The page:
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A Multidimensional Kirchoff Circuit

We first change coordinates via transformation (3.18), which gives

The basis of the WD integration approach is to view this equation as a loop equation for a multidimensional circuit, i.e., a circuit in which voltages and currents may depend not only on time but on space as well. The equation above is to be interpreted as describing a series connection of two inductors, where the dependent variable is considered to be the current passing through them. The MD-inductors have inductances

As explained in §3.3, these two inductors are associated with the directions and . The circuit representation of the connection is shown in Figure 3.6(a).

It is important to note that the circuit pictured here is merely a graphical representation of (3.51)--in particular, it represents the point-wise or differential behavior of (3.51) anywhere in the plane. It does, however, permit an immediate discretization via wave digital filters, in exactly the same manner as described in the previous chapter on lumped networks. That is, we can replace the circuit by two MDWD inductor one-ports connected through a series adaptor. This complete wave digital network is shown in Figure 3.6(b), where we have defined the port resistances to be:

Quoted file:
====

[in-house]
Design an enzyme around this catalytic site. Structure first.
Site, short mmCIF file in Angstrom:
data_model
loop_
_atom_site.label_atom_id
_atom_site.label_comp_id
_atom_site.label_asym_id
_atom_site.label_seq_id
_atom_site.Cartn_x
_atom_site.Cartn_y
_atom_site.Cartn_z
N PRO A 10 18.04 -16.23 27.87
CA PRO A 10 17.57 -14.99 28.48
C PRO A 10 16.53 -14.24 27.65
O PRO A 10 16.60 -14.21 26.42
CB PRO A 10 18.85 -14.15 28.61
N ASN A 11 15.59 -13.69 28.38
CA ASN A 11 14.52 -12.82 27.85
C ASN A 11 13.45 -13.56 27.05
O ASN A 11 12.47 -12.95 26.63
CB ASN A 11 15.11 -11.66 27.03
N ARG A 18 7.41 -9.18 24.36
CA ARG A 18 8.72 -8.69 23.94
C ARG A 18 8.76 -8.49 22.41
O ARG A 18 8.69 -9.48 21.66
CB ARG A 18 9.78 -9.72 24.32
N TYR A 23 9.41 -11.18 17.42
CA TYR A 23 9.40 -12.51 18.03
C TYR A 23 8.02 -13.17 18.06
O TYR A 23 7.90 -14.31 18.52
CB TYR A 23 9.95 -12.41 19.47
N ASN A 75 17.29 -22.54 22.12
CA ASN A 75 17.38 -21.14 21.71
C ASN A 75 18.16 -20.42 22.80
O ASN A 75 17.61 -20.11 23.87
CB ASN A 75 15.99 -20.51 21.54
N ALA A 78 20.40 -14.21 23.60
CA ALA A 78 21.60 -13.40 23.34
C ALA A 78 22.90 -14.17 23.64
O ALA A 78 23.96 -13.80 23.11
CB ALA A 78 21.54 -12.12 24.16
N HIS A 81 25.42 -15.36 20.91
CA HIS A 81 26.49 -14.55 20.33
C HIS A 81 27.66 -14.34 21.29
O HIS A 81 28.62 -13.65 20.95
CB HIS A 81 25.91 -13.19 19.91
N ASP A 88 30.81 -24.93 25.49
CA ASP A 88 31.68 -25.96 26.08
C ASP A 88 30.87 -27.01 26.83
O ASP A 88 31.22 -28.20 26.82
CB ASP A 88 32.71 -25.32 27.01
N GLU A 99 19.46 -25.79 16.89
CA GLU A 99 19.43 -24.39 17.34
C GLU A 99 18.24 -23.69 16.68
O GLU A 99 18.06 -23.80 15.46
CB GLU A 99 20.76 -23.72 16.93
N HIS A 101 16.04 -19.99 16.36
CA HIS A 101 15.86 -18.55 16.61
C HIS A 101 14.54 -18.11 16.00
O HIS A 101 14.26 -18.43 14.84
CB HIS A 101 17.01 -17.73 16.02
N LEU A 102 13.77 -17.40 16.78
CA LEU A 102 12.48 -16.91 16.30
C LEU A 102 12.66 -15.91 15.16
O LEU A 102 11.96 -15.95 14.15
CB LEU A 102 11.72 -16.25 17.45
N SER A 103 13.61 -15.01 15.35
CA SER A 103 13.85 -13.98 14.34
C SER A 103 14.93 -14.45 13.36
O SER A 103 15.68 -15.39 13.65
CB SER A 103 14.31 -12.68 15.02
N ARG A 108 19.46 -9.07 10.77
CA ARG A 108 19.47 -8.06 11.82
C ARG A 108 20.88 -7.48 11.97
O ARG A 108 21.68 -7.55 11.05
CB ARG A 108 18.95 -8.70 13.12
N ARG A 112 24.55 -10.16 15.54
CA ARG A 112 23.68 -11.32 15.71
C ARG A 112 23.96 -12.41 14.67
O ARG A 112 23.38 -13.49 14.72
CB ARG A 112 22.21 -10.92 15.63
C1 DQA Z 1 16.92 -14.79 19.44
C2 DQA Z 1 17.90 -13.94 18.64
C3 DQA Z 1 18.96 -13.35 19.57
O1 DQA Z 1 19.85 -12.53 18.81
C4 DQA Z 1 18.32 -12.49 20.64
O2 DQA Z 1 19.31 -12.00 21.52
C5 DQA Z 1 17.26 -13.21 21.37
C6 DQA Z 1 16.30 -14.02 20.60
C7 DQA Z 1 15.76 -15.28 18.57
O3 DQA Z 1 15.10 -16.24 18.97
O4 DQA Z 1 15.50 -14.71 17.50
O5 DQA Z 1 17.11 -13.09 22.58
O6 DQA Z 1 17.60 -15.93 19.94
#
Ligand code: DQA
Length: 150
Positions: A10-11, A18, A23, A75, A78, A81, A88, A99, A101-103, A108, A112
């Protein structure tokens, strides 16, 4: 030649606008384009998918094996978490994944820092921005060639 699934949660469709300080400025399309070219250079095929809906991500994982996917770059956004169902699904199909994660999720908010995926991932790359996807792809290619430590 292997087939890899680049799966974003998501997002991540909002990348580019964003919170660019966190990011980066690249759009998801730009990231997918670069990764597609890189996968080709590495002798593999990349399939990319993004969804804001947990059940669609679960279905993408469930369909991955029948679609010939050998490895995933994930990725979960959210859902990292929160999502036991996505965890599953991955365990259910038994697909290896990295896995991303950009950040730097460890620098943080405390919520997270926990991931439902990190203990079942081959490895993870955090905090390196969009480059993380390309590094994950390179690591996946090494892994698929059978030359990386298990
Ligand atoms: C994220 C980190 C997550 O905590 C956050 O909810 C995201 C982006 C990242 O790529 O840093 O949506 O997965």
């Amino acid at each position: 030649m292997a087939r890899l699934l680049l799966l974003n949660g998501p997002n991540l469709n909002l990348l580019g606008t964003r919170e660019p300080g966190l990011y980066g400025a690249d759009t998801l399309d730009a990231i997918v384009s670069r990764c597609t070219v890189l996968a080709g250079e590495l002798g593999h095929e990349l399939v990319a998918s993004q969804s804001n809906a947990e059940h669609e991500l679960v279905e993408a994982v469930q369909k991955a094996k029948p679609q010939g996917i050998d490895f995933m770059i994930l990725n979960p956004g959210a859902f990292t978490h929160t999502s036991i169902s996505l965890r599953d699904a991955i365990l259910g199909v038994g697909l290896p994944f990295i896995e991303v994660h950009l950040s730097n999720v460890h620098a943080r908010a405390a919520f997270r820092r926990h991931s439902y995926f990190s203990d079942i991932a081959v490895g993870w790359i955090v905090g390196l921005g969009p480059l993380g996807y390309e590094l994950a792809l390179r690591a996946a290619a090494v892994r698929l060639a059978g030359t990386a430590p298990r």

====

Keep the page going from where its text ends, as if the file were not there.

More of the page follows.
(3.50)

where we have used . Figure 3.6(b) is an abbreviated notation for a numerical integration routine. We can expand out the spatial dependence into a full signal flow graph in order to better perceive the flow of data. This is shown in Figure 3.7, where we have indicated unit time delays by ; series scattering junctions are separated by a distance .

This signal flow graph can be interpreted as follows: At every grid point in the domain, and at every time step there are three computational stages:

1. Retrieve the incoming wave variables from the registers. Referring to Figure 3.6(b), this means that for the port of port resistance , which accepts a wave variable shifted by , we must use the sign-inverted wave quantity output from the corresponding port, one time step earlier, and one grid point to the left. This shifting operation is to applied at every grid point, as per Figure 3.7. Similarly, the input to the port of port resistance takes the sign-inverted output of its corresponding port one time step earlier, and one grid point to the right.
2. Perform scattering operation.
3. Insert output wave variables into registers.

If , then either or is zero, depending on the sign of . In this case, the associated inductor can be dropped from the network entirely (i.e., we can treat it as a short-circuit). For example, if , then implies that , and we get the simplified network of Figure 3.8. Here, we in fact have an exact solution to (3.51); the signals in the delay registers are shifted repeatedly to the left, and directly implement the traveling wave solution given by (3.53). Note that the sign inversion of the inductor is canceled by that of the reflection from the port.

Next: Stability Up: The (1+1)D Advection Equation Previous: The (1+1)D Advection Equation
Stefan Bilbao 2002-01-22